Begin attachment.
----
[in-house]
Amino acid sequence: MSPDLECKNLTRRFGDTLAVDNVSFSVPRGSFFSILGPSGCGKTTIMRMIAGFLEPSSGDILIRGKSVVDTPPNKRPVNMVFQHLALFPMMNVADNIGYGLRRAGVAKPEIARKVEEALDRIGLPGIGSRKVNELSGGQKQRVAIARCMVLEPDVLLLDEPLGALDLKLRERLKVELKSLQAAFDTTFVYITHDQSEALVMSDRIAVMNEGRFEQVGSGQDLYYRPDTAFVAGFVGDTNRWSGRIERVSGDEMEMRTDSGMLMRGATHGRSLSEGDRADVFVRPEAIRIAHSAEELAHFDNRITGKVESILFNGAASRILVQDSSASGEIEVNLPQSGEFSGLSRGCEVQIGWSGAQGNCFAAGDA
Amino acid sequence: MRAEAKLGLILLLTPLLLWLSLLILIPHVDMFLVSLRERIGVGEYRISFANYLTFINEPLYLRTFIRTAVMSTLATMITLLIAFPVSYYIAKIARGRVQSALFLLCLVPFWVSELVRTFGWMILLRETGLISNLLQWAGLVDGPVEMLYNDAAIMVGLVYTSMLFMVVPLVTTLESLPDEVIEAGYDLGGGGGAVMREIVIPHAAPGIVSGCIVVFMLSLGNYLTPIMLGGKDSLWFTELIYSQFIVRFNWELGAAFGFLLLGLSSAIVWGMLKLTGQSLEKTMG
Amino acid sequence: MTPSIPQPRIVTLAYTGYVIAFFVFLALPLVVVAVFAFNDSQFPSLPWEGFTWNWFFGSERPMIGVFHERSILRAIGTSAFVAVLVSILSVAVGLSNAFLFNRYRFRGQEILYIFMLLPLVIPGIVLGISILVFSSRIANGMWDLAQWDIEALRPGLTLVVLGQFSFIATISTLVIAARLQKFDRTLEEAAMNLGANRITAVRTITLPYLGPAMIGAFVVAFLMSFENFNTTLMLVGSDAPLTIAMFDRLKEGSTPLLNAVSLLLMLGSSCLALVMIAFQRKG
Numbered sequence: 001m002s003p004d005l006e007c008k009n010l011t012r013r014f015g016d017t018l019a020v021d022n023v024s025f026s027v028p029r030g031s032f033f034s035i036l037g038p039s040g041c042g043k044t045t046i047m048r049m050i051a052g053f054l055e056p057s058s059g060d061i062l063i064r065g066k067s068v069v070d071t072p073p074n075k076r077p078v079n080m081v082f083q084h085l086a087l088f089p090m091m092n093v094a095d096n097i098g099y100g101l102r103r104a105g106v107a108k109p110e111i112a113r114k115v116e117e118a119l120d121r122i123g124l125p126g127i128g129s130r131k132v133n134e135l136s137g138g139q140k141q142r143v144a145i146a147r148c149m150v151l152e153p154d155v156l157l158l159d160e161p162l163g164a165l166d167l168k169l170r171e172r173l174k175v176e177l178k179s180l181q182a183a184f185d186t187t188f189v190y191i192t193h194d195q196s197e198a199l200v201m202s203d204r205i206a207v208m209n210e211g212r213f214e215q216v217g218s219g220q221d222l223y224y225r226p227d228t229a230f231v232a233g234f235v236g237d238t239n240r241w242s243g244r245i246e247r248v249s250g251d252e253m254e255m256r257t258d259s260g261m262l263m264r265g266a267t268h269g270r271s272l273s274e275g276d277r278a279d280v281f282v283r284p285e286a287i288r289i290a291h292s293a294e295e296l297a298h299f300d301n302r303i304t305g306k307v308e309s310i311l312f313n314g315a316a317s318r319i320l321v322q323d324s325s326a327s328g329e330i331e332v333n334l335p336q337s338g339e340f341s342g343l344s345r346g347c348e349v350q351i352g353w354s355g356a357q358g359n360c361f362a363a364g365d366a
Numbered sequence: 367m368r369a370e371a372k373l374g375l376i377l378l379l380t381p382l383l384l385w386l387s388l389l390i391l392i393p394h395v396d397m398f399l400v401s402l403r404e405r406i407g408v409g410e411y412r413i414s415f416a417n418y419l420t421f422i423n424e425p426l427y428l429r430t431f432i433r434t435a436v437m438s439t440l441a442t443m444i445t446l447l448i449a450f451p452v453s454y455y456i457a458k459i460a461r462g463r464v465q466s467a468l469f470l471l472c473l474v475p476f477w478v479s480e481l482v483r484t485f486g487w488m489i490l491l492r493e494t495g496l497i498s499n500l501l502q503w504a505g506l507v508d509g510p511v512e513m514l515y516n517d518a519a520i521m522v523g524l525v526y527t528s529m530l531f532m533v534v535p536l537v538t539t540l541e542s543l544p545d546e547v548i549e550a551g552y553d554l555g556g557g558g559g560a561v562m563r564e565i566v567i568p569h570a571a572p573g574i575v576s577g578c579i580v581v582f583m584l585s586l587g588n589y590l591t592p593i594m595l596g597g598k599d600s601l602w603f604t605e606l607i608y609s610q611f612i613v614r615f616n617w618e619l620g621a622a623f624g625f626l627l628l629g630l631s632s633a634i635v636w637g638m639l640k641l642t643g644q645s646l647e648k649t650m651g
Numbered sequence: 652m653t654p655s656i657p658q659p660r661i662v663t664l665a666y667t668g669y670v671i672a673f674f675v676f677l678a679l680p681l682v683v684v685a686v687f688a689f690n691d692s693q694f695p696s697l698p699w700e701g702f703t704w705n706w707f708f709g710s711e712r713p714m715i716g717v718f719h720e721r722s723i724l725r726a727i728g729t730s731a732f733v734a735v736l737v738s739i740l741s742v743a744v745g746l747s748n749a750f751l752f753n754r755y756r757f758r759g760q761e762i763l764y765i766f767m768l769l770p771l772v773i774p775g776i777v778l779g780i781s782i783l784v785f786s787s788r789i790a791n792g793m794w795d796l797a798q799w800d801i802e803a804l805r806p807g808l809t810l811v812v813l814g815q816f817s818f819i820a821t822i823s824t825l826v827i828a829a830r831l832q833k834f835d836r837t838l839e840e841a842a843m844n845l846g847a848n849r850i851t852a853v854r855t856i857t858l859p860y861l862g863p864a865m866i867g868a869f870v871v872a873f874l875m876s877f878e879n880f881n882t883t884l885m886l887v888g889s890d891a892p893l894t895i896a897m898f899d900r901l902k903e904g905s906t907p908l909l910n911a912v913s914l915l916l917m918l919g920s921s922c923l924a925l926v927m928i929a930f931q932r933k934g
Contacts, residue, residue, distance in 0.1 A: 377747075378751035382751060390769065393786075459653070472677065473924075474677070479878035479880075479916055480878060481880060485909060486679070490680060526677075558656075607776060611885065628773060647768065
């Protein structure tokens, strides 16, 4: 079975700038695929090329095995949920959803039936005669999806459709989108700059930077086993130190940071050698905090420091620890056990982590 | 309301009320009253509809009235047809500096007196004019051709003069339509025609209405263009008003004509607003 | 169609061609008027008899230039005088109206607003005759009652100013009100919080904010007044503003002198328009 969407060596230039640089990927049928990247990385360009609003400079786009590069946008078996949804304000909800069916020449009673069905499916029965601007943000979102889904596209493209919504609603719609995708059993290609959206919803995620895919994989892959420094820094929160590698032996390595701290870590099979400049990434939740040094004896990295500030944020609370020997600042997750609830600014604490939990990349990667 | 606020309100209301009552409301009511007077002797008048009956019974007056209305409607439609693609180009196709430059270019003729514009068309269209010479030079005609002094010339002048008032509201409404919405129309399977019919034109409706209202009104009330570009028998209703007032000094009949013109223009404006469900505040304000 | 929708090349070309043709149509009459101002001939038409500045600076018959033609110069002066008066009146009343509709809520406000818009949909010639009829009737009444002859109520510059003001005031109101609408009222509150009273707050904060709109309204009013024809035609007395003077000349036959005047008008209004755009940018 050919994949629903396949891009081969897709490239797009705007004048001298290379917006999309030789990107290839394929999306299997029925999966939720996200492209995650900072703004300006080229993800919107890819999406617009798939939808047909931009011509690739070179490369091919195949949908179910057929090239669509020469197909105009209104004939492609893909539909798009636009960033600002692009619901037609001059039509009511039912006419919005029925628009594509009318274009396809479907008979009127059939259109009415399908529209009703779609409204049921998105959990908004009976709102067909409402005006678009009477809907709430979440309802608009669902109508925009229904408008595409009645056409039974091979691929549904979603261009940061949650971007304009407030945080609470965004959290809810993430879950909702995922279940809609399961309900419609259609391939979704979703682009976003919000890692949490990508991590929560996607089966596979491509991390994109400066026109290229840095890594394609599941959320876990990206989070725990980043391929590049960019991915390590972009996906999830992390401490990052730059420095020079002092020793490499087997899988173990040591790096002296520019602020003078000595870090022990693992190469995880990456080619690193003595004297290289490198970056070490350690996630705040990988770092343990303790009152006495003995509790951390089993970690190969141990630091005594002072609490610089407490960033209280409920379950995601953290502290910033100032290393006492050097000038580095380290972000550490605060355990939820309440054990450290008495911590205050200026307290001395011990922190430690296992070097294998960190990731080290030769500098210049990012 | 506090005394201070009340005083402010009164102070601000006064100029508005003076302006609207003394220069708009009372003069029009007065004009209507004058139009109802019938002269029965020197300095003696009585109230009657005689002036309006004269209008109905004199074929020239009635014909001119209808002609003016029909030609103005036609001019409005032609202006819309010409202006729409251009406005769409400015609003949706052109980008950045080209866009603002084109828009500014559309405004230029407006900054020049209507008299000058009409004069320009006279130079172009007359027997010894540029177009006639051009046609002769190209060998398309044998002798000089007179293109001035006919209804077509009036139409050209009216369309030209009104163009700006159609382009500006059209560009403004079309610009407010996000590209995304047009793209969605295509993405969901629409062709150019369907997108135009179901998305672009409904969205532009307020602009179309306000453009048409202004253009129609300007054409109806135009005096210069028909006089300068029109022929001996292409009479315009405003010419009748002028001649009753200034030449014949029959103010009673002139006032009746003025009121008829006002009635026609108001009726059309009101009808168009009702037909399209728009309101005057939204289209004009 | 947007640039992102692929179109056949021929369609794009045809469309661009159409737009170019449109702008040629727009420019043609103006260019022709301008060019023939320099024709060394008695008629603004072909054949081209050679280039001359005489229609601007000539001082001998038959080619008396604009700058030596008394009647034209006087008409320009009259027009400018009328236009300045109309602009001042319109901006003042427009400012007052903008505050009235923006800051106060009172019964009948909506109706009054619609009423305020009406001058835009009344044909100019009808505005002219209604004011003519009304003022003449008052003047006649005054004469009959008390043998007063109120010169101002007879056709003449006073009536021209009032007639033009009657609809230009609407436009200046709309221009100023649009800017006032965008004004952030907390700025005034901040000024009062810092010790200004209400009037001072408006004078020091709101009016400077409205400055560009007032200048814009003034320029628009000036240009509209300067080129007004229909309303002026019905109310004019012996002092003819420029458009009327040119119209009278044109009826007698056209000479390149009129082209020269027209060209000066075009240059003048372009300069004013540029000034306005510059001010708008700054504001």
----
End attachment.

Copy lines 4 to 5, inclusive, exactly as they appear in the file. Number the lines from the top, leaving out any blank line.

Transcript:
Amino acid sequence: MTPSIPQPRIVTLAYTGYVIAFFVFLALPLVVVAVFAFNDSQFPSLPWEGFTWNWFFGSERPMIGVFHERSILRAIGTSAFVAVLVSILSVAVGLSNAFLFNRYRFRGQEILYIFMLLPLVIPGIVLGISILVFSSRIANGMWDLAQWDIEALRPGLTLVVLGQFSFIATISTLVIAARLQKFDRTLEEAAMNLGANRITAVRTITLPYLGPAMIGAFVVAFLMSFENFNTTLMLVGSDAPLTIAMFDRLKEGSTPLLNAVSLLLMLGSSCLALVMIAFQRKG
Numbered sequence: 001m002s003p004d005l006e007c008k009n010l011t012r013r014f015g016d017t018l019a020v021d022n023v024s025f026s027v028p029r030g031s032f033f034s035i036l037g038p039s040g041c042g043k044t045t046i047m048r049m050i051a052g053f054l055e056p057s058s059g060d061i062l063i064r065g066k067s068v069v070d071t072p073p074n075k076r077p078v079n080m081v082f083q084h085l086a087l088f089p090m091m092n093v094a095d096n097i098g099y100g101l102r103r104a105g106v107a108k109p110e111i112a113r114k115v116e117e118a119l120d121r122i123g124l125p126g127i128g129s130r131k132v133n134e135l136s137g138g139q140k141q142r143v144a145i146a147r148c149m150v151l152e153p154d155v156l157l158l159d160e161p162l163g164a165l166d167l168k169l170r171e172r173l174k175v176e177l178k179s180l181q182a183a184f185d186t187t188f189v190y191i192t193h194d195q196s197e198a199l200v201m202s203d204r205i206a207v208m209n210e211g212r213f214e215q216v217g218s219g220q221d222l223y224y225r226p227d228t229a230f231v232a233g234f235v236g237d238t239n240r241w242s243g244r245i246e247r248v249s250g251d252e253m254e255m256r257t258d259s260g261m262l263m264r265g266a267t268h269g270r271s272l273s274e275g276d277r278a279d280v281f282v283r284p285e286a287i288r289i290a291h292s293a294e295e296l297a298h299f300d301n302r303i304t305g306k307v308e309s310i311l312f313n314g315a316a317s318r319i320l321v322q323d324s325s326a327s328g329e330i331e332v333n334l335p336q337s338g339e340f341s342g343l344s345r346g347c348e349v350q351i352g353w354s355g356a357q358g359n360c361f362a363a364g365d366a